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18,355 inmates freed amid health crisis

 

A total of 18,355 persons deprived of liberty (PDLs) have been released as of May 15 since the Supreme Court (SC) adopted measures to expedite the resolution of their cases to decongest jails and other detention facilities to contain the spread of the coronavirus disease.

Most of those released were detained at the lockup cells of the Philippine National Police (PNP) at the start of the declaration of the national health emergency and the imposition of community quarantine in many places, Court Administrator Jose Midas P. Marquez said.

PDLs are persons charged in court with criminal offenses and violations of city and municipal ordinances and are detained while petitioning to post bail, attending hearings, and awaiting the decisions on their cases.

Marquez said that “at the start of the enhanced community quarantine (ECQ), many BJMP (Bureau of Jail Management and Penology) facilities did not accept the new PDLs anymore for fear that they may infect the inmates inside the BJMP.”

He said of the 18,355 PDLs released, “there were also a number of them who were released from the BJMP and the provincial jails either on reduced bail or on self-recognizance, or after already serving the minimum imposable penalty for the crime they were charged.”

He pointed out that his office “also monitored a few minors or CICLs (Children in Conflict with the Law) who were released to their parents during this ECQ.”

At the same time, Marquez said the Supreme Court (SC) “foresees a number more of PDLs to be released in the next few days and other more cases, both criminal and civil to be heard “as many of our courts are now under GCQ (general community quarantine) and will be re-opening, albeit on skeleton-force, plus additional courts will be authorized soon to conduct hearings of civil and criminal cases through videoconferencing.”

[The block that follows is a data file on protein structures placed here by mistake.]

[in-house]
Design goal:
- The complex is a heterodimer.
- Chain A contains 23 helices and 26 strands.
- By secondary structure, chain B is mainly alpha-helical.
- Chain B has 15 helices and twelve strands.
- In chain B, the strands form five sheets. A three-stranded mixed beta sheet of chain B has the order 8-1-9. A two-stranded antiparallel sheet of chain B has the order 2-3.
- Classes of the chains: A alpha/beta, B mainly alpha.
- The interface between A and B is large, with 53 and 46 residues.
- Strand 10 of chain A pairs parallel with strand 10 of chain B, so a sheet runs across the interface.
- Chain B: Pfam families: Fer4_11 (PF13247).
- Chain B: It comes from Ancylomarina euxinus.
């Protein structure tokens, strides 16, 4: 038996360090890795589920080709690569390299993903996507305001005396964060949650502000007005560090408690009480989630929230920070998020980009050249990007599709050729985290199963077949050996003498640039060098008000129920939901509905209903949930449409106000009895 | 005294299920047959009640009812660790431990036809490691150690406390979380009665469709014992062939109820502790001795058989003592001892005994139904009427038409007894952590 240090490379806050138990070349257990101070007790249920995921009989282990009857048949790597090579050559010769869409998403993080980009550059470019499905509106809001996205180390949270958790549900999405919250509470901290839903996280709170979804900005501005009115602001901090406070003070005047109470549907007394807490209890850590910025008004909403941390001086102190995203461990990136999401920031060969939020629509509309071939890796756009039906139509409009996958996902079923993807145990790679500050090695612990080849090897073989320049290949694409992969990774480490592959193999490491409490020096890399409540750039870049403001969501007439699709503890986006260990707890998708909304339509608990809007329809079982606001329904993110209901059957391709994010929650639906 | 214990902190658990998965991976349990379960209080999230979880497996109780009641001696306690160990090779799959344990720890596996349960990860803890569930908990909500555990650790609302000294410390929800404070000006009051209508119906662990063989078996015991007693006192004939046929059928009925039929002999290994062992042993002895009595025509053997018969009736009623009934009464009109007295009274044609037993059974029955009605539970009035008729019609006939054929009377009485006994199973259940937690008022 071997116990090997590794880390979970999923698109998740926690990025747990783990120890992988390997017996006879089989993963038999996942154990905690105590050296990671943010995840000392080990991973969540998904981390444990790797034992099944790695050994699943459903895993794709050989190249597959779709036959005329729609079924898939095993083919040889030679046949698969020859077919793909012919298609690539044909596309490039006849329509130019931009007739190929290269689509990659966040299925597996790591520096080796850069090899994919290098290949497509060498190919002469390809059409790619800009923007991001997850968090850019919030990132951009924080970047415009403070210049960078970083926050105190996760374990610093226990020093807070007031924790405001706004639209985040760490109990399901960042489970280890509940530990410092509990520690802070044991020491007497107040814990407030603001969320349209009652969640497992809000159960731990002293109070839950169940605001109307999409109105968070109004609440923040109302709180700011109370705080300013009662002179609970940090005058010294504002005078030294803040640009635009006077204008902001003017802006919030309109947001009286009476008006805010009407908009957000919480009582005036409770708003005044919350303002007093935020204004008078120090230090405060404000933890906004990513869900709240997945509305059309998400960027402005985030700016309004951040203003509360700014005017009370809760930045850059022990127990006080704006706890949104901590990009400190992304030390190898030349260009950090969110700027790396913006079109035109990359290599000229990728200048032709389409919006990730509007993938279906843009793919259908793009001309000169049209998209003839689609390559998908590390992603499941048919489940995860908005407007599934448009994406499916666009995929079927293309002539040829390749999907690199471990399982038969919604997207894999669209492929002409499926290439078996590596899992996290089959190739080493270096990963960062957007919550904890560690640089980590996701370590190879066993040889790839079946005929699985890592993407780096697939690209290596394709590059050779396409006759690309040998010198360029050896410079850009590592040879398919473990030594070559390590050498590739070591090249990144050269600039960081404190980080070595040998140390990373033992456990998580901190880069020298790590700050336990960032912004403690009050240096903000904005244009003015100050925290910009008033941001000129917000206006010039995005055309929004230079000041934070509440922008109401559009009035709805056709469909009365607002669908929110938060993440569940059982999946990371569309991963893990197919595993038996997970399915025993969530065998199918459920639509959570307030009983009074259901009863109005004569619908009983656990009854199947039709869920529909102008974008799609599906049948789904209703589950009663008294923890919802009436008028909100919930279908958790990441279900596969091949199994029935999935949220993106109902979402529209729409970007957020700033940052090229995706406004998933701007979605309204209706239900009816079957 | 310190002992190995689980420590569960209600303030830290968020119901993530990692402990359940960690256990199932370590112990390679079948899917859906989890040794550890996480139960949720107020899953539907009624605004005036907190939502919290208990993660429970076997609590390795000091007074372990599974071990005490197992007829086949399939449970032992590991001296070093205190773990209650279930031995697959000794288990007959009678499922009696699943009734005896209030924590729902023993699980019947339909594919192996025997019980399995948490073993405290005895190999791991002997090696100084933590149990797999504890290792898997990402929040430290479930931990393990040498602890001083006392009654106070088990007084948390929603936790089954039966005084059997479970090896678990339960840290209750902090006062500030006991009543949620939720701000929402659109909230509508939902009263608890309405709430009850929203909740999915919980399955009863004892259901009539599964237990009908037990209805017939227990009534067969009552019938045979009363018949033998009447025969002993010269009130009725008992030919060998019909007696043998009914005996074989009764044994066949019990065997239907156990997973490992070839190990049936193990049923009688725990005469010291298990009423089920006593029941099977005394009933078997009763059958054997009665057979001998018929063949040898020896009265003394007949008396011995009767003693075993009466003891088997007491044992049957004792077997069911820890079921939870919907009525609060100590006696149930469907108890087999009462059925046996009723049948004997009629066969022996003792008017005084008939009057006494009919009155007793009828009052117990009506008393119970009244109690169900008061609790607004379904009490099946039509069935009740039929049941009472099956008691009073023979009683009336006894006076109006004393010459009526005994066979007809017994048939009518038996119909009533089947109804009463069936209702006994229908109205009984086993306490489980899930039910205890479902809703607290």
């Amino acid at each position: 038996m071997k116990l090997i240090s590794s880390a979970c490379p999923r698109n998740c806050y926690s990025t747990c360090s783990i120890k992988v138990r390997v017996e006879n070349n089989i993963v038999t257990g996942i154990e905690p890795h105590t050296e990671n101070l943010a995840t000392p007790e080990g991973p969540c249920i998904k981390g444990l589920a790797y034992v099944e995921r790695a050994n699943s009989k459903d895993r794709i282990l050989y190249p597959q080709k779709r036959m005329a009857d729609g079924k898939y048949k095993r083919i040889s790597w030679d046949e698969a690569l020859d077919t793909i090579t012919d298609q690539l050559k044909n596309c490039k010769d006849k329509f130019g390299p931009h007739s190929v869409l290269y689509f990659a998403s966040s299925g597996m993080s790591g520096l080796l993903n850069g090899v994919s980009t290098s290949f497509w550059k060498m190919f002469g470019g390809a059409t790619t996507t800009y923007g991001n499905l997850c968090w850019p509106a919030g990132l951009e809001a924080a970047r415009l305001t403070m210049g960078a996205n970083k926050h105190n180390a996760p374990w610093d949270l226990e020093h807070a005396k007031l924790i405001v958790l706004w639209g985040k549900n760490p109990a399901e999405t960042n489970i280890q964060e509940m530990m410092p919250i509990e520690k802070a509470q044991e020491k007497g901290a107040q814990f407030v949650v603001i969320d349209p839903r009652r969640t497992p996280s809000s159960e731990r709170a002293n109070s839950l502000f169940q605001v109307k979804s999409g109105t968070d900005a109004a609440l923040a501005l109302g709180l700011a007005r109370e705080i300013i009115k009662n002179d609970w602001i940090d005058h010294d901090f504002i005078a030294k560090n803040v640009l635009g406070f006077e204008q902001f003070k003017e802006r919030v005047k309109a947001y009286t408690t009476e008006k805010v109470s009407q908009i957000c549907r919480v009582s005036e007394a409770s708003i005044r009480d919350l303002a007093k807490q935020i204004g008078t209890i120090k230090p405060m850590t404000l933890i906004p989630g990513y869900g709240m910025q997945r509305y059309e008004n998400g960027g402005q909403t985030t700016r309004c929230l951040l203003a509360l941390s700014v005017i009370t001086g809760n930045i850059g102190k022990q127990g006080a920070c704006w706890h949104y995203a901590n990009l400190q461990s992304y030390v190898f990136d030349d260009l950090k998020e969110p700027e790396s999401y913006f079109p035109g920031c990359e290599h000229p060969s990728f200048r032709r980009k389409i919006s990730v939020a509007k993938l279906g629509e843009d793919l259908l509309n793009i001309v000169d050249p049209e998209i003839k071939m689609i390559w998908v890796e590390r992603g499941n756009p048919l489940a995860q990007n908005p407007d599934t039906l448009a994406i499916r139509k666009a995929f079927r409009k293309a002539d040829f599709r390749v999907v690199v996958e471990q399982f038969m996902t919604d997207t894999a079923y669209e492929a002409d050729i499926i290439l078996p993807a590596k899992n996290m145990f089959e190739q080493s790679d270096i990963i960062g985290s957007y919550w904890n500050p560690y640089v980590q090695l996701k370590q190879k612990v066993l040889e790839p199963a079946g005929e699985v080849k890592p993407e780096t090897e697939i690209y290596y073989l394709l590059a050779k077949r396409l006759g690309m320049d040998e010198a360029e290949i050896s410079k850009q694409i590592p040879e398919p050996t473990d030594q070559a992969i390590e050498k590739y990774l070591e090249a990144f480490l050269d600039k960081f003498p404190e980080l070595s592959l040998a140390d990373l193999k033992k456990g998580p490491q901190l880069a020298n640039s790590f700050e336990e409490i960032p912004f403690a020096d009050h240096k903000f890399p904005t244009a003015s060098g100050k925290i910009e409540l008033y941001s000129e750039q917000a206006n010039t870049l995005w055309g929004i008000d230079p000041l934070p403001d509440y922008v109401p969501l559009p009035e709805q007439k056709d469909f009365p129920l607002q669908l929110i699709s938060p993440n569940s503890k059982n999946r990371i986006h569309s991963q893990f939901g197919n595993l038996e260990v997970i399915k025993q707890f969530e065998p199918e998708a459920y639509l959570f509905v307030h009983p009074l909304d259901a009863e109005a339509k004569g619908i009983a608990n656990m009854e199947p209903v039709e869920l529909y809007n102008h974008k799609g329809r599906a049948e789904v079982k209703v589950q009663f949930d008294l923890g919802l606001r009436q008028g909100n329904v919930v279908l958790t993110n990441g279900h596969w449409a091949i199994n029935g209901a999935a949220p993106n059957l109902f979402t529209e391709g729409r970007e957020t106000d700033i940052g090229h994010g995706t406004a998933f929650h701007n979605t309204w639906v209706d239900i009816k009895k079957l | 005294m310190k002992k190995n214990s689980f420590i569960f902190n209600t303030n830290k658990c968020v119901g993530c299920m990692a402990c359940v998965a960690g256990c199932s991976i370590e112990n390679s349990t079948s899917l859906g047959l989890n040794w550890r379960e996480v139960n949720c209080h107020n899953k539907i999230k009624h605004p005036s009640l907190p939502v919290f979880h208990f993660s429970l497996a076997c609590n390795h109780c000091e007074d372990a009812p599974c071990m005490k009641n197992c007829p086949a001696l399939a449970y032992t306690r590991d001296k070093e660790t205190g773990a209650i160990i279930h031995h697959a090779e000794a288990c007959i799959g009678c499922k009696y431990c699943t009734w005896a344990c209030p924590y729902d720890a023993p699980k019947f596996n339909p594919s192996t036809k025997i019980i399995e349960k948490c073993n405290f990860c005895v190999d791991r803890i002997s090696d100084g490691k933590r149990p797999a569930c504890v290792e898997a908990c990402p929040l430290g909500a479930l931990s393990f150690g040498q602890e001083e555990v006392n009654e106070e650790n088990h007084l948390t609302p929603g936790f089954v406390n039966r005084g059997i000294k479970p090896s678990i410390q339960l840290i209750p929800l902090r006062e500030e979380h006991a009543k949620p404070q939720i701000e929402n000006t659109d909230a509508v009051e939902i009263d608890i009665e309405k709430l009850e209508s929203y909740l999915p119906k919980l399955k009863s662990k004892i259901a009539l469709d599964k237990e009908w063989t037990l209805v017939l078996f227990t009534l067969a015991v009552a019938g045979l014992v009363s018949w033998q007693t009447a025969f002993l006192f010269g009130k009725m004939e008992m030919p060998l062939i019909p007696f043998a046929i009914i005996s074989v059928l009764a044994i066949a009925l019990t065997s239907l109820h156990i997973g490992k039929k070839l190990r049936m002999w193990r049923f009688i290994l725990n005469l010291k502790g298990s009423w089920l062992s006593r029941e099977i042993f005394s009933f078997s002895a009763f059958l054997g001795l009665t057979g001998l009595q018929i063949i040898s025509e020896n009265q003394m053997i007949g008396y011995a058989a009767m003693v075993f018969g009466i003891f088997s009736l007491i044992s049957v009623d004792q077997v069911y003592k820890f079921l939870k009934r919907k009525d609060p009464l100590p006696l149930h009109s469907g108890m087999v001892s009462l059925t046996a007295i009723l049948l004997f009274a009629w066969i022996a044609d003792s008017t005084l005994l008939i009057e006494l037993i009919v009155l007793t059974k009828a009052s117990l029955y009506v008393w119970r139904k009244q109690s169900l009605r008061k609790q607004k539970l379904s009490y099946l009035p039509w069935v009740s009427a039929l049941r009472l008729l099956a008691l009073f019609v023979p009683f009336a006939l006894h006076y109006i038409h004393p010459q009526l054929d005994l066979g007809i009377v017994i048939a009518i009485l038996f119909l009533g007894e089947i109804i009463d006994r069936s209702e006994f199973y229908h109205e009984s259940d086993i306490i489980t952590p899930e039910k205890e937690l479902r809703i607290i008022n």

At the start of the national health emergency, the SC — through Chief Justice Diosdado M. Peralta — adopted several measures to insulate the court officials and personnel and the public from coronavirus disease.

In areas placed under the enhanced community quarantine (ECQ), and now under the modified ECQ (MECQ), all courts were physically closed.

In areas under general community quarantine (GCQ), courts are manned by skeleton workforce on rotation basis. Justices and judges were mandated to act only on urgent matters, particularly those involving PDLs.

Filing of cases, petitions for bail, and other court pleadings was ordered done through online.

The SC released the hotline numbers, email addresses and Facebook accounts which can be viewed at its website, sc.judiciary.gov.ph.

About 1,000 trial courts in the country were ordered to conduct hearings and other proceedings through video conferencing.

“The focus really of Chief Justice Peralta and the Supreme Court is on the PDLs whose cases are still pending in the courts,” Marquez said.

“It must be remembered that they have not yet been convicted. They are still presumed innocent. And yet they are highly at risk of being infected by the deadly virus. It’s already like imposing the death penalty on them even before their guilt can be established beyond reasonable doubt,” Chief Justice Peralta said in one of his circulars. (Rey Panaligan)

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Written by Tempo Desk

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